One more tidbit about Mastercard, stimulus payments and prepaid cards: The card network is partnering with the city of Los Angeles to distribute payments ranging from $700 to $1,500. These are for low-income households impacted by the COVID-19 pandemic. The program has received very high demand, according to the Los Angeles Daily News.

My stimulus payment experience

I received my stimulus payment via direct deposit on May 6, but it wasn’t a quick or easy process.

In mid April, after visiting the IRS’s “Get My Payment” link and entering my Social Security number, birth date, street address and ZIP code as instructed, I got this error message:

Payment Status Not Available

According to information that we have on file, we cannot determine your eligibility for a payment at this time.

Other snags were reported by people who filed their taxes using tax preparation software and those who either received the wrong payment amount or didn’t get $500 for each of their dependent children. The Washington Post noted that people were also getting locked out of the IRS’s website while trying to enter their direct deposit information.

Following several reader complaints, CNBC posed this scenario to an IRS spokesperson, who replied: “What happened is instead of having an error message or a message saying the system is very busy, it just says your information isn’t in here, that was the default. But that should be fixed now. Just be patient, check back later. If you filed last year’s or this year’s taxes we have your information.”

I had a small breakthrough on April 24. The error message disappeared, and I was able to enter my bank account information! Alas, I seemingly failed the validation questions, which included my 2019 adjusted gross income, whether I received a refund or owed money and the amount of that refund or payment.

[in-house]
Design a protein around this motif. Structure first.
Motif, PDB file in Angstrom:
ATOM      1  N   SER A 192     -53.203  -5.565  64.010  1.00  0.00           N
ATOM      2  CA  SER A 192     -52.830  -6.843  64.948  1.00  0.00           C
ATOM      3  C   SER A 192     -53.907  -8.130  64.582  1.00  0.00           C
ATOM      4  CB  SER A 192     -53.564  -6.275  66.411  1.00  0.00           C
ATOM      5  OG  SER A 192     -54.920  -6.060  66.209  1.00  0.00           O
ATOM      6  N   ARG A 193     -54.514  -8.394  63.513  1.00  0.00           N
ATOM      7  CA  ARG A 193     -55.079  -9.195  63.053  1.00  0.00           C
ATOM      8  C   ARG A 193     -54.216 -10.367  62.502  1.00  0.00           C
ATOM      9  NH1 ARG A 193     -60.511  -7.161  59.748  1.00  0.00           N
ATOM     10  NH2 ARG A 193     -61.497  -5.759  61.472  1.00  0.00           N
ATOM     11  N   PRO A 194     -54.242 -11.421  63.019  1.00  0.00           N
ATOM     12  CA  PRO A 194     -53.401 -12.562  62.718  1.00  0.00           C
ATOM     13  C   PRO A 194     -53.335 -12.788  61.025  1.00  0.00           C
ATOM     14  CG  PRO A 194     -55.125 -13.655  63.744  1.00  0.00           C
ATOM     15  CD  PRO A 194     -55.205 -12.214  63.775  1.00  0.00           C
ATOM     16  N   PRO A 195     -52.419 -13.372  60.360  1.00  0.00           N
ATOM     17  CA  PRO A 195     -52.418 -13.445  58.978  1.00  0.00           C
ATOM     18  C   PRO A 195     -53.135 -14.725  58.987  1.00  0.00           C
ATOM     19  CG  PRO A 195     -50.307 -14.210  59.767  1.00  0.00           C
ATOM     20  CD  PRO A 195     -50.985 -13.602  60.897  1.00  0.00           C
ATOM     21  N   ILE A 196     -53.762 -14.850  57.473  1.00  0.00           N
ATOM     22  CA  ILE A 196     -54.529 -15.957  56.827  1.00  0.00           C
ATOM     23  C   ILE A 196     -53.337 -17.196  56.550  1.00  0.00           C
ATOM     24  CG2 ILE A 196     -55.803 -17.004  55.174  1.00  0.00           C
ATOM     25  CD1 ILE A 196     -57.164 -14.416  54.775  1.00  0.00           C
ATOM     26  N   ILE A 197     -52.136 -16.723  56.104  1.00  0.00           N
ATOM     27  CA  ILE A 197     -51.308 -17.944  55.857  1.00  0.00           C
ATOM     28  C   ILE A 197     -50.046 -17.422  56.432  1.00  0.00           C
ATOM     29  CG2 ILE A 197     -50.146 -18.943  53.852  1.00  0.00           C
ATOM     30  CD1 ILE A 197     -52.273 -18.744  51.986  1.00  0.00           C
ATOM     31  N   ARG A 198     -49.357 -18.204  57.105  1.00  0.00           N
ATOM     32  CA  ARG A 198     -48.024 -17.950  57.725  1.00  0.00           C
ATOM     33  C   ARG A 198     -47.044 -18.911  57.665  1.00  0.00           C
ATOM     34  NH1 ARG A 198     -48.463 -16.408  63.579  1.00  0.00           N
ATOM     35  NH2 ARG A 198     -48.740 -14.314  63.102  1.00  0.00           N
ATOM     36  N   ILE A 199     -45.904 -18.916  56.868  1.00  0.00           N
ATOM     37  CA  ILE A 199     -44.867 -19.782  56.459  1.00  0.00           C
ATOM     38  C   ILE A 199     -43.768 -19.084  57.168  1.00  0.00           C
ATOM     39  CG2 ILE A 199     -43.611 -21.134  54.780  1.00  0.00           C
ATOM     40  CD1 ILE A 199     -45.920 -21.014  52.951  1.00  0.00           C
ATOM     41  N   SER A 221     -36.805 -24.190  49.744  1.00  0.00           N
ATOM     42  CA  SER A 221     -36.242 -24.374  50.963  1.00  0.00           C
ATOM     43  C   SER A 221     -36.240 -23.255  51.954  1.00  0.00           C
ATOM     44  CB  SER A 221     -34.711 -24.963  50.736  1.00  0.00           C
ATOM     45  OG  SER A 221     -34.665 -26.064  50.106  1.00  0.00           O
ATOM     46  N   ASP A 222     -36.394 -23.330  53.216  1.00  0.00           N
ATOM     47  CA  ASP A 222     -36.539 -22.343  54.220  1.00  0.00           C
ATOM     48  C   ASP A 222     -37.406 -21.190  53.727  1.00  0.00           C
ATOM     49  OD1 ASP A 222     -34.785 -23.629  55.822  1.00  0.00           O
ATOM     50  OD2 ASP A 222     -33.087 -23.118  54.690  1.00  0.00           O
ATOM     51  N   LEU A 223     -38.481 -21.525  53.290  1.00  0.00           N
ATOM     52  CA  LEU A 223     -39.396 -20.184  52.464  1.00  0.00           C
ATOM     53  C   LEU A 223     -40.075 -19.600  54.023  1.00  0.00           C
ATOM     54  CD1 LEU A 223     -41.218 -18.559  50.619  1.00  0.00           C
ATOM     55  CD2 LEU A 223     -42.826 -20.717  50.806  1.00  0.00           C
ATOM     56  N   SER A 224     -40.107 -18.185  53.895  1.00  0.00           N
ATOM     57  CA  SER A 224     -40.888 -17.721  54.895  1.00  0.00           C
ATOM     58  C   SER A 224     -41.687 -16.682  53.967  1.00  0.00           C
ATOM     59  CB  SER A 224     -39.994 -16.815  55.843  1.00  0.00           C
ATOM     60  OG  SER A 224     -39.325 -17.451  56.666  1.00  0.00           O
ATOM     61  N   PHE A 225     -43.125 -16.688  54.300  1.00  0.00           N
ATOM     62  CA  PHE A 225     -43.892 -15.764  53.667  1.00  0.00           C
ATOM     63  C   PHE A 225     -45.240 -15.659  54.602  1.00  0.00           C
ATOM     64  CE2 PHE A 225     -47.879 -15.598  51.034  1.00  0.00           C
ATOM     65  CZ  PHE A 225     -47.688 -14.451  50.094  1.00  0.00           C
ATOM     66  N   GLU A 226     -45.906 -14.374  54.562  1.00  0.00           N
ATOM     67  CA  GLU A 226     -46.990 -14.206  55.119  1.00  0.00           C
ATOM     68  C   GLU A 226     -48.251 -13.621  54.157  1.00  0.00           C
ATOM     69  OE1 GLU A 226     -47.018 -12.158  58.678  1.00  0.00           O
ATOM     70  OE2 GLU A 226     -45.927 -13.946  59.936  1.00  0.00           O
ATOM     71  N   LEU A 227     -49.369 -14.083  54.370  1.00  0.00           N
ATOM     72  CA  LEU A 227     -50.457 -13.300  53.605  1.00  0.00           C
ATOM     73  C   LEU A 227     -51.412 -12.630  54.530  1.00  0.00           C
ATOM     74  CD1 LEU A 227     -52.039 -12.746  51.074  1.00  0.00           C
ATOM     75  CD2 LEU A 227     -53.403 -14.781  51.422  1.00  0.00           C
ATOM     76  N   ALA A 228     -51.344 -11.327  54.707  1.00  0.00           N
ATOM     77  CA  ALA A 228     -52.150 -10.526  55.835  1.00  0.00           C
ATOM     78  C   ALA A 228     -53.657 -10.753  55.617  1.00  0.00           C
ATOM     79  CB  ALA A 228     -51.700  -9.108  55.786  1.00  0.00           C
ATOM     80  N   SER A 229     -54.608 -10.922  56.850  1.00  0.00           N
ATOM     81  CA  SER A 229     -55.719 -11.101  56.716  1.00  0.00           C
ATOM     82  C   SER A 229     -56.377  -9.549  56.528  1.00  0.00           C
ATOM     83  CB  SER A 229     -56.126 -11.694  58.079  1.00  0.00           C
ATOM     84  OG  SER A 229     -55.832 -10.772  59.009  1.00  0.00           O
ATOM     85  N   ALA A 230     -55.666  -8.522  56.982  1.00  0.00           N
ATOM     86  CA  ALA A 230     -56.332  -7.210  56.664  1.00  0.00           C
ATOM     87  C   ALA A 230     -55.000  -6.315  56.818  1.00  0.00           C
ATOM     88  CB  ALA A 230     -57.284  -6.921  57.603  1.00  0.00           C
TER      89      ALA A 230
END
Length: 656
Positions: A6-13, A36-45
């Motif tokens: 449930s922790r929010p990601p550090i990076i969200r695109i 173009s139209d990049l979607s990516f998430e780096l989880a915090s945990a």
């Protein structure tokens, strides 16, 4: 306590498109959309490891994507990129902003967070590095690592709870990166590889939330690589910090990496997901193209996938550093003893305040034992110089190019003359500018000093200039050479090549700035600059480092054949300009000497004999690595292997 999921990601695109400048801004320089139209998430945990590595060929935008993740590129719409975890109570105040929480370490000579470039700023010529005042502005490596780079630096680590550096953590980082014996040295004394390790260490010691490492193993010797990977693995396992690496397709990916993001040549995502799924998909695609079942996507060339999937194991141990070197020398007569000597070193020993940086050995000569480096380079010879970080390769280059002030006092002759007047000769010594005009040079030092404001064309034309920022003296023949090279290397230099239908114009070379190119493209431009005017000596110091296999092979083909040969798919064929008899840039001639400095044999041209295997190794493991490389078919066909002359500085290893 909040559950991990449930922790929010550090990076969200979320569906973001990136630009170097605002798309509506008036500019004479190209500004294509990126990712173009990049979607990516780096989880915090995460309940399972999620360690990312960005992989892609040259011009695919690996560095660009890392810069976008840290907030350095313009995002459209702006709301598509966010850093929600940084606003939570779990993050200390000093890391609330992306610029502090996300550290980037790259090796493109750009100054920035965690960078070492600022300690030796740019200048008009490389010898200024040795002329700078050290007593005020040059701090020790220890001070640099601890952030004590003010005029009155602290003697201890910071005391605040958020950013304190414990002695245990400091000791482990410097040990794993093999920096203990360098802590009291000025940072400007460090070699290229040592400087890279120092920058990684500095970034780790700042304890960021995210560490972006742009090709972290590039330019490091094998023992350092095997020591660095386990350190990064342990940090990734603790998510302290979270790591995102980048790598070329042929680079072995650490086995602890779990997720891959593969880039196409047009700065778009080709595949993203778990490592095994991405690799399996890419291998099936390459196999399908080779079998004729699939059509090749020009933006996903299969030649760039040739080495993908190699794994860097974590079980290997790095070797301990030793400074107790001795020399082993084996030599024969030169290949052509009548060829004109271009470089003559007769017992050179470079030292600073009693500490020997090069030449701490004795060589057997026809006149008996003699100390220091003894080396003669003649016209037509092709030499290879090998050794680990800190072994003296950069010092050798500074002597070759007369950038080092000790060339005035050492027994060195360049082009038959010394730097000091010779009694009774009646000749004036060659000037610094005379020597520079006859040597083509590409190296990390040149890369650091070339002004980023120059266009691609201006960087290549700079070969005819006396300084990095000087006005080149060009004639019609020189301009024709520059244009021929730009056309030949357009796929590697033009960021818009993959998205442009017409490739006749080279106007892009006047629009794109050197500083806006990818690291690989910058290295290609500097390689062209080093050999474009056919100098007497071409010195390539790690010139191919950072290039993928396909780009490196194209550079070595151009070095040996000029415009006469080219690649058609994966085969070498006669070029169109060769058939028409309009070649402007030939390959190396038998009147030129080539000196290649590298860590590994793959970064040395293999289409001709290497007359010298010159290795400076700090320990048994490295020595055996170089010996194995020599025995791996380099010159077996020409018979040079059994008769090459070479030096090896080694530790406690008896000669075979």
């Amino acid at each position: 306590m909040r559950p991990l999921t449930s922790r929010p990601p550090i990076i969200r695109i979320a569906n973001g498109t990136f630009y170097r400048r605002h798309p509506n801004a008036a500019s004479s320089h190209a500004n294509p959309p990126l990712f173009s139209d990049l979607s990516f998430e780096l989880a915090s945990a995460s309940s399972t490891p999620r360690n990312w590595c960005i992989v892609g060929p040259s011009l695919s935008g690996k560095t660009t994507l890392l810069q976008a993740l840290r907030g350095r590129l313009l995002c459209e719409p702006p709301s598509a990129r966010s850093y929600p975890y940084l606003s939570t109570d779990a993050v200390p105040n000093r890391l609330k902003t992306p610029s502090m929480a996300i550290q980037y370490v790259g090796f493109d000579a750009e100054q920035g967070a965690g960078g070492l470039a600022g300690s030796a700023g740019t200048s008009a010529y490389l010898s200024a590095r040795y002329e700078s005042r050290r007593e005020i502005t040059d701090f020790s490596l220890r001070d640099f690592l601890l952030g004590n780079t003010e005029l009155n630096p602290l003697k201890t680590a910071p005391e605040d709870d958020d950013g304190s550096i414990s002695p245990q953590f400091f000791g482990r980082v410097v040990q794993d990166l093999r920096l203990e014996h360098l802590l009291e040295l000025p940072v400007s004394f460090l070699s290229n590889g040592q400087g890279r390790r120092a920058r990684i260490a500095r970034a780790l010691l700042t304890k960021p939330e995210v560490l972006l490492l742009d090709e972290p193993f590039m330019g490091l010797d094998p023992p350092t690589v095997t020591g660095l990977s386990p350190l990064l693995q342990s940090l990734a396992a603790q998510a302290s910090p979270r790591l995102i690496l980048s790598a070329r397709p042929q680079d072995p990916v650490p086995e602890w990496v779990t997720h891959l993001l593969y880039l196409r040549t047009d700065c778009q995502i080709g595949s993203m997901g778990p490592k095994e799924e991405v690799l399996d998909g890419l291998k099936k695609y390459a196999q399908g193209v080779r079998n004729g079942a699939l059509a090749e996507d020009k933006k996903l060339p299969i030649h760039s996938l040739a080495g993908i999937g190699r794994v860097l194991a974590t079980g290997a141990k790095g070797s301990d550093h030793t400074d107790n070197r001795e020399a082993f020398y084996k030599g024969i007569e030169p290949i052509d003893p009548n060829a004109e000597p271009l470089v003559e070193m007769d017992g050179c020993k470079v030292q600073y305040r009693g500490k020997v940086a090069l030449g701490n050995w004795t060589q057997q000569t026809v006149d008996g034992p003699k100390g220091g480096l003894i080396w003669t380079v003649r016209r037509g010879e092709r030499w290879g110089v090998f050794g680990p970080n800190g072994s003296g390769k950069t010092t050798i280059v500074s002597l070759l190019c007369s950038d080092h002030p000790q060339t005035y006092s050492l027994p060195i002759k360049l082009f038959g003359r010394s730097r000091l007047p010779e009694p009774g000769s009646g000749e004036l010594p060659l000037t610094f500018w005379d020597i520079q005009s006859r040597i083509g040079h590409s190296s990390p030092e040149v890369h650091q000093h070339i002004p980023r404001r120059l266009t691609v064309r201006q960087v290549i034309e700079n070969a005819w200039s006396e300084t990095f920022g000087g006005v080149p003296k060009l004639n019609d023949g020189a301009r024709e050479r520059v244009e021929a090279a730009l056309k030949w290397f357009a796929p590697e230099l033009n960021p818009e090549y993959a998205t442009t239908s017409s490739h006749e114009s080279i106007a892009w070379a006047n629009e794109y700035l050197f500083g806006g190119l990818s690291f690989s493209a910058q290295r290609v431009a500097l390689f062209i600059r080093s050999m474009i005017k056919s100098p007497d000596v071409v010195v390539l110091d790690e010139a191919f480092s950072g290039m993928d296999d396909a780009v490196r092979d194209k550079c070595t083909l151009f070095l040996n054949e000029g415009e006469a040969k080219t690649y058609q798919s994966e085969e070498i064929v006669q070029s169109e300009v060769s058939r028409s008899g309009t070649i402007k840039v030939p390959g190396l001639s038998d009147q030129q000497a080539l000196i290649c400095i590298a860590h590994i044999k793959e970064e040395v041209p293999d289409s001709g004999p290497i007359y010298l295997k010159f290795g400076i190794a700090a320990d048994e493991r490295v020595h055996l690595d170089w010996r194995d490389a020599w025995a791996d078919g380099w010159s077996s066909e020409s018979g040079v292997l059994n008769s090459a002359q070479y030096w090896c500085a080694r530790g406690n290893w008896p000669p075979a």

I was positive I entered the correct numbers because I had my tax return on the screen and double-checked the figures. As a backup, I was prompted to enter my 2018 tax information, but I apparently failed that too. Again, I wasn’t sure why.

I tried again on April 27, and it was the same story with my 2019 taxes. This time, however, my 2018 entries were accepted, along with my bank account information. My stimulus payment hit my bank account about a week and a half later.

Einstein may have said doing the same thing over and over and expecting different results is the definition of insanity, but in my experience with the IRS Get My Payment website, doing the same thing over and over actually does lead to different results.

It’s too late to enter your direct deposit information on the IRS website if you haven’t done so already, but you can still check your status. The IRS says the website is updated every day, so it’s worth trying for a few minutes every day – or at least every few days.

Have a question about credit cards? E-mail me at and I’d be happy to help.

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The editorial content on this page is based solely on the objective assessment of our writers and is not driven by advertising dollars. It has not been provided or commissioned by the credit card issuers. However, we may receive compensation when you click on links to products from our partners.